Antwerp—Eurostar Diamond Traders, one of the world’s largest diamond manufacturers, has entered into bankruptcy.

The Antwerp Corporate Court ruled in favor of bankruptcy Thursday.

Prior to that ruling, the Antwerp Court of Appeal had denied the company’s request for a judicial reorganization, according to Belgian newspaper De Tijd.

The appeals court reportedly valued the company’s debt at 500 million euros ($560.4 million) and stated Eurostar had “lost the trust of its main creditors”, which includes ABN AMRO, Standard Chartered Bank, KBC Bank and Bank of India.

Eurostar Diamond Traders did not respond to National Jeweler’s request for comment Monday, but founder and Chairman Kaushik Mehta told Rapaport News that the company will appeal the decision.

The company pointed the finger at its major creditors, ABN Amro and Standard Chartered, accusing the banks of taking an aggressive approach regarding its debts.

ABN Amro did not respond to a request for comment when contacted Monday. Standard Chartered declined to comment on the case.

Founded by Mehta in 1978, Eurostar climbed the ranks to become one of Belgium’s largest diamond companies, setting up shop across the world in Botswana, China, Hong Kong, India, the United Arab Emirates and the United States, according to the company website.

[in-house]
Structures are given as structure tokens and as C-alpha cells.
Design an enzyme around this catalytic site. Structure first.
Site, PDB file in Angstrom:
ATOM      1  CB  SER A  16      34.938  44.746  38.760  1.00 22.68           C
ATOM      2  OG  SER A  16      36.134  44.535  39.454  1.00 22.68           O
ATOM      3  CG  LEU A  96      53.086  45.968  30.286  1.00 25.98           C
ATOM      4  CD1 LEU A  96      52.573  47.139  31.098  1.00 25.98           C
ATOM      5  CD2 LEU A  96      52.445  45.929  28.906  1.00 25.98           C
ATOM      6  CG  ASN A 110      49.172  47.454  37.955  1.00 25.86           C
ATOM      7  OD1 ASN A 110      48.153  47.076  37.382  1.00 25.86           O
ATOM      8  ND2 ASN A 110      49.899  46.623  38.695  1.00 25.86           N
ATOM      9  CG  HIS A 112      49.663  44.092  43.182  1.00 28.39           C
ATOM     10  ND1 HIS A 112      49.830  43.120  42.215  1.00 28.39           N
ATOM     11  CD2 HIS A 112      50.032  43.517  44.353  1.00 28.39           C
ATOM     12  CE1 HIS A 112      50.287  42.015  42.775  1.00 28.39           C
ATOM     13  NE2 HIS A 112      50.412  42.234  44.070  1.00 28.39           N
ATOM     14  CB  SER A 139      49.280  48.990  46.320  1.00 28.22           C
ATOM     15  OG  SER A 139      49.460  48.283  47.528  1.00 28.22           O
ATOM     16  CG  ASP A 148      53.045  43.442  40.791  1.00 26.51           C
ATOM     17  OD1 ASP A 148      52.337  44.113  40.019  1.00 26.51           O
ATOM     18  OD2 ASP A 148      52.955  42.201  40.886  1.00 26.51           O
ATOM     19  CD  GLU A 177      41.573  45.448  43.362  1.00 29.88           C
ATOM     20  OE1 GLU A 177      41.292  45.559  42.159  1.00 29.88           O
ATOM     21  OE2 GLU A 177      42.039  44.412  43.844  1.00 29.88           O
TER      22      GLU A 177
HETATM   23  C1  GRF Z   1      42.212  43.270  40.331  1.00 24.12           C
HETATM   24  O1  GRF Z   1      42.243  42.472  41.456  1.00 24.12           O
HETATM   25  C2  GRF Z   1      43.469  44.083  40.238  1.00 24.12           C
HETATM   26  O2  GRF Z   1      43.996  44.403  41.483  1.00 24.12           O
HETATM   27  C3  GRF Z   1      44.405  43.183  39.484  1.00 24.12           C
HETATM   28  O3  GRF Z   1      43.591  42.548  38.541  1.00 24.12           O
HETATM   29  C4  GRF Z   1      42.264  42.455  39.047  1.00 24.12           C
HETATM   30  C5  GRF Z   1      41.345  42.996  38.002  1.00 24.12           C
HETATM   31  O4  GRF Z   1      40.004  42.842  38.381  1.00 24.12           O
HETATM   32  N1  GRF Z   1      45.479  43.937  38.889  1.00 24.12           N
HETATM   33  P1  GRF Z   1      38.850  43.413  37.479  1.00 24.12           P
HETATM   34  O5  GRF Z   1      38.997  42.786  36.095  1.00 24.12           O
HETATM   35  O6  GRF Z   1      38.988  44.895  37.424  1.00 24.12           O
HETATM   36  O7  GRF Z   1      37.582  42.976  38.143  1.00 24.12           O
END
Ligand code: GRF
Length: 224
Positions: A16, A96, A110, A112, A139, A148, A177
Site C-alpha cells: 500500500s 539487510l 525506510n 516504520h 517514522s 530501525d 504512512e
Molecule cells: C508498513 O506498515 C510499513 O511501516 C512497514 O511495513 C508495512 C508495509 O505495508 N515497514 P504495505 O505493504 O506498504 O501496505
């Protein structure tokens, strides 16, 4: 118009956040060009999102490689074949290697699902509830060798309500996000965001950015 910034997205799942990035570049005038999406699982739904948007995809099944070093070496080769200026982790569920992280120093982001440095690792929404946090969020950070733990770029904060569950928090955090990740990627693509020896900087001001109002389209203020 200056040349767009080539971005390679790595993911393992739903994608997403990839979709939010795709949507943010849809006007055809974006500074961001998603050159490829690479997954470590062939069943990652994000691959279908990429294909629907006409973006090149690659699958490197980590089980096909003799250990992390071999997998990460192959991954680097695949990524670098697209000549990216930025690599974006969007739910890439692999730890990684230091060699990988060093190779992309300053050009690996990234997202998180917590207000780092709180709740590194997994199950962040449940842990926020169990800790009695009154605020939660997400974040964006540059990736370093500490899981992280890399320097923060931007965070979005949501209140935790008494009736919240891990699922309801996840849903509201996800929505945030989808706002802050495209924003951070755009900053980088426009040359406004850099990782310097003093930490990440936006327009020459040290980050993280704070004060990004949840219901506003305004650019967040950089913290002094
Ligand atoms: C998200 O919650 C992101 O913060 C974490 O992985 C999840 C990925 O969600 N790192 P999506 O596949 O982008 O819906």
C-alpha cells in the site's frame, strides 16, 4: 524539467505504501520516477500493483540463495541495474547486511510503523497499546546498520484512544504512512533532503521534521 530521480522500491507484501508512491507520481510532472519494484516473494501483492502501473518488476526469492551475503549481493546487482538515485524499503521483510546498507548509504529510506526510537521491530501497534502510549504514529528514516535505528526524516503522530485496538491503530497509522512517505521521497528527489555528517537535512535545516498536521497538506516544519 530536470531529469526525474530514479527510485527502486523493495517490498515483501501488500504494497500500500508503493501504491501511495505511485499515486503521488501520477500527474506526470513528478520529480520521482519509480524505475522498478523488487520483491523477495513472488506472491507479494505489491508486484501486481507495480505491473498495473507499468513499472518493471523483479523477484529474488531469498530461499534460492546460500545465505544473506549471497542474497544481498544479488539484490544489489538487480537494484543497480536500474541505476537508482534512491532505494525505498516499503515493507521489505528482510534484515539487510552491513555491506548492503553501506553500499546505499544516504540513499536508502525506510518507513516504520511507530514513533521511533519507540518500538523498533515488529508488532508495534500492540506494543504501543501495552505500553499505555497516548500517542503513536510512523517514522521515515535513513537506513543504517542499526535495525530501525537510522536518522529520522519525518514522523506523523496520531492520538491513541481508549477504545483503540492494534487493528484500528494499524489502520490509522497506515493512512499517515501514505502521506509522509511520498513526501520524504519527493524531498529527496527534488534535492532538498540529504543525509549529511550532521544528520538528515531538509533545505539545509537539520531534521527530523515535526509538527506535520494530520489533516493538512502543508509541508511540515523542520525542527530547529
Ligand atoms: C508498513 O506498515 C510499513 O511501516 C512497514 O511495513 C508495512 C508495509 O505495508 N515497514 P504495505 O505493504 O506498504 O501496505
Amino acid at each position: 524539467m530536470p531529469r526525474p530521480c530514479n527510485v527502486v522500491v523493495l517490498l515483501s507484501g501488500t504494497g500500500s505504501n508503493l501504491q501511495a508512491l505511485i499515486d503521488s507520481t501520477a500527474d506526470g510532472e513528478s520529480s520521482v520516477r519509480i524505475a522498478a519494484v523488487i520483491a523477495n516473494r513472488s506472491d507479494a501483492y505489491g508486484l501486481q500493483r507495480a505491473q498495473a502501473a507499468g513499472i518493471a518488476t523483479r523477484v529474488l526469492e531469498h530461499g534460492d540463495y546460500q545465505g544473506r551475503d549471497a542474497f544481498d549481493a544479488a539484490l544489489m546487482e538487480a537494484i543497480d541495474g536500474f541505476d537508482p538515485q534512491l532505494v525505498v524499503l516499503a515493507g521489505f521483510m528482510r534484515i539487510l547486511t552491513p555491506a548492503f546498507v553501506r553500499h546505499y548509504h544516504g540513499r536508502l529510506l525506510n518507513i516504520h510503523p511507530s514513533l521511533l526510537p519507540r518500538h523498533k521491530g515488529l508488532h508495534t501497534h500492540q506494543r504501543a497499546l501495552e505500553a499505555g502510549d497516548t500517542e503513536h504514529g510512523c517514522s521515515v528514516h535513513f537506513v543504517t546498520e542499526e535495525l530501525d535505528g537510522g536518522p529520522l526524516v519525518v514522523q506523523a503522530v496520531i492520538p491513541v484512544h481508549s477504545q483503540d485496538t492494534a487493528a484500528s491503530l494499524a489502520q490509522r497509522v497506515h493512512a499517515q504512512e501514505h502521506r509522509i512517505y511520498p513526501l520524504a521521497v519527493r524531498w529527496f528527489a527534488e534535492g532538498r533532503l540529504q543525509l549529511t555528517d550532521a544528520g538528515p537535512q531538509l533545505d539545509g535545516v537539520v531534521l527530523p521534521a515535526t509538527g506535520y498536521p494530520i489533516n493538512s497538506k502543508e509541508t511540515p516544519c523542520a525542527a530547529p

At its height, the company brought in billions of dollars and landed the Mehta family the title of one of Belgium’s wealthiest families, according to De Tijd.

It’s been a rough road in recent years as the company battled a dip in sales and the loss of its status as a De Beers sightholder, which gives a company exclusive access to De Beers’ rough diamonds.

Eurostar had been a sightholder since 1986, but, as of Monday, did not appear on the De Beers’ current list of sightholders.

In its latest annual report, Eurostar cited falling demand for diamonds, especially in Asia, high prices for rough diamonds, and a lack of credit as the reasons behind its struggle, as per De Tijd.

During proceedings in September, Eurostar allegedly claimed its diamonds were worth more than $132 million, but the numbers weren’t quite adding up.

In November, the company reportedly admitted to the court that its diamonds were only worth $25 million, a figure the Antwerp court is still questioning following an evaluation.

The stock was reportedly estimated to be worth only $10 million and not all the stones were owned by Eurostar.

In denying the company’s request to reorganize, the Court of Appeals ruled that Eurostar “no longer has tradable diamonds” and cannot continue to operate.

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